Please use this identifier to cite or link to this item: http://hdl.handle.net/10125/2623

Brown Root Rot Disease in American Samoa's Tropical Rain Forests

File SizeFormat 
v56n4-377-387.pdf1.24 MBAdobe PDFView/Open

Item Summary

Title: Brown Root Rot Disease in American Samoa's Tropical Rain Forests
Authors: Brooks, Fred E.
Issue Date: Oct 2002
Publisher: University of Hawai'i Press
Citation: Brooks FE. 2002. Brown root rot disease in American Samoa's tropical rain forests. Pac Sci 56(4): 377-387.
Abstract: Phellinus noxius (Corner) Cunningham causes root and lower stem rot
of woody plants throughout the South Pacific region. Its hosts include rubber,
mahogany, cacao, and many timber, fruit, and landscape trees. Though endemic
to the Tropics, no reports were found describing brown root rot disease in native
forests, exclusively. Incidence, distribution, and host range of P. noxius were
measured in primary and secondary rain forests on Tutuila Island, American
Samoa. Phellinus noxius was recorded in 19 of 20 strip transects and 1.2-ha established
plots and in all vegetation types, infecting 37 tree species in 30 genera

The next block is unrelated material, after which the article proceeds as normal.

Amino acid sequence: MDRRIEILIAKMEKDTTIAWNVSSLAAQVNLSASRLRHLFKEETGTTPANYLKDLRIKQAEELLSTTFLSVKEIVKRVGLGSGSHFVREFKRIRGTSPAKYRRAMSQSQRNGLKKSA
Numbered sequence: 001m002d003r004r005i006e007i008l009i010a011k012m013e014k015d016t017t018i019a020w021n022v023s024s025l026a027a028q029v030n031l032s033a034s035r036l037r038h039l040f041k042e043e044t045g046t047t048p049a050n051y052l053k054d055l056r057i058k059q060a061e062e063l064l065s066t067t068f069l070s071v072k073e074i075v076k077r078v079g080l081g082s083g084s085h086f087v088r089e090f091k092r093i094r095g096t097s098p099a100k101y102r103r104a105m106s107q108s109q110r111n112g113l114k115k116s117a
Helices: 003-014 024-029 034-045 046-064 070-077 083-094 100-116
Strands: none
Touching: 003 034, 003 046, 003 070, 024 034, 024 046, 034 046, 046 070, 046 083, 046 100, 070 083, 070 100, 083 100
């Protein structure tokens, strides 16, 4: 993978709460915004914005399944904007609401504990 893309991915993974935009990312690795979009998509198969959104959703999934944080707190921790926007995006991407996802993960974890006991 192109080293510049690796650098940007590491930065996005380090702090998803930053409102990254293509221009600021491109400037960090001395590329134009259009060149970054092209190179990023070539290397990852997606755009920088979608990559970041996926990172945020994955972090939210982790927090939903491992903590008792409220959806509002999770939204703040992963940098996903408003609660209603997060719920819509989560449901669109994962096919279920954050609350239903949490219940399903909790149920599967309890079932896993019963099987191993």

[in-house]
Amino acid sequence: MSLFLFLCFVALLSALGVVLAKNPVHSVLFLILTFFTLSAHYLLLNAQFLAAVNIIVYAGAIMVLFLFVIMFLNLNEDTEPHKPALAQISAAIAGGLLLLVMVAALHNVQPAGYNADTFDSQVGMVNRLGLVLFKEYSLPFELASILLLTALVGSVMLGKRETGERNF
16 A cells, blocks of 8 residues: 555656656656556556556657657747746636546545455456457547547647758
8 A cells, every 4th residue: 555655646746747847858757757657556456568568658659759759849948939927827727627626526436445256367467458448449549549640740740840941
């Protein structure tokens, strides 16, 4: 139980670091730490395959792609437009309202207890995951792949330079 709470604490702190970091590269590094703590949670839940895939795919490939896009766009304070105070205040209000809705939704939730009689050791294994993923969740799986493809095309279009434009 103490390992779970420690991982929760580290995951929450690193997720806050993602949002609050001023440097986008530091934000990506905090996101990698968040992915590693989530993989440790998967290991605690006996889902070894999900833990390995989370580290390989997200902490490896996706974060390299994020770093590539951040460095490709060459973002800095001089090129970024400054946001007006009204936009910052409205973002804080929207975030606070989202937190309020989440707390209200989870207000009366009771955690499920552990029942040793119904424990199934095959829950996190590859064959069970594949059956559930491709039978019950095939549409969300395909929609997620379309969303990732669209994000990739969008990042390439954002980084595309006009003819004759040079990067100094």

and 22 families. Species most affected were Myristica Jatua, Dysoxylum samoense,
and Hibiscus tiliaceus-25, 16, and 10%, respectively. Of 62 infection centers,
33 contained the same tree species and 13 were dominated by a single species.
The fewest infections were recorded at primary montane and ridge top sites.
Regenerating secondary valley sites had the highest incidence of disease and
greatest number of infection centers. Infection centers at these disturbed sites
also contained more trees on average than centers at primary sites. Disease incidence
was influenced more by human disturbance than by vegetation type,
topography, stem diameter, stem density, or soil type. The disturbed sites also
appeared to lack the species richness of mature sites. This agrees with other
host/pathogen associations, such as Douglas-fir/P. weirii and hardwood/Po noxius
plantations, where disease incidence and spread was higher in species-poor
than in species-rich stands.
URI/DOI: http://hdl.handle.net/10125/2623
ISSN: 0030-8870
Appears in Collections:Pacific Science Volume 56, Number 4, 2002



Items in ScholarSpace are protected by copyright, with all rights reserved, unless otherwise indicated.